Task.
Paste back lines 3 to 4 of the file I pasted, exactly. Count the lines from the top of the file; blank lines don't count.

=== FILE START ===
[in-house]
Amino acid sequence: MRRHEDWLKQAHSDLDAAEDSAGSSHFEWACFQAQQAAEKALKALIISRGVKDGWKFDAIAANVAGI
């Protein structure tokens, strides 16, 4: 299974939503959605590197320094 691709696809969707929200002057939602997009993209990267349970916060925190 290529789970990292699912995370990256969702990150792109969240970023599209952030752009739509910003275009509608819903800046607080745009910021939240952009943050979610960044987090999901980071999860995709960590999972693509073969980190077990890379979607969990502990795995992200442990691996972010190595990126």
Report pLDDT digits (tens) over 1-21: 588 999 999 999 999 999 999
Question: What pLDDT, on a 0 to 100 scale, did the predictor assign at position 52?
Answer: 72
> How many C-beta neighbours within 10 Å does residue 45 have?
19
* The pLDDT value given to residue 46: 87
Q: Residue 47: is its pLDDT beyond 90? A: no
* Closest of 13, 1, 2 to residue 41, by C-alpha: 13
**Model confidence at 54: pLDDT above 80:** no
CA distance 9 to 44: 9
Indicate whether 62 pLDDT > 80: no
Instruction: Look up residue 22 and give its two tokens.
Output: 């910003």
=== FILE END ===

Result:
């Protein structure tokens, strides 16, 4: 299974939503959605590197320094 691709696809969707929200002057939602997009993209990267349970916060925190 290529789970990292699912995370990256969702990150792109969240970023599209952030752009739509910003275009509608819903800046607080745009910021939240952009943050979610960044987090999901980071999860995709960590999972693509073969980190077990890379979607969990502990795995992200442990691996972010190595990126």
Report pLDDT digits (tens) over 1-21: 588 999 999 999 999 999 999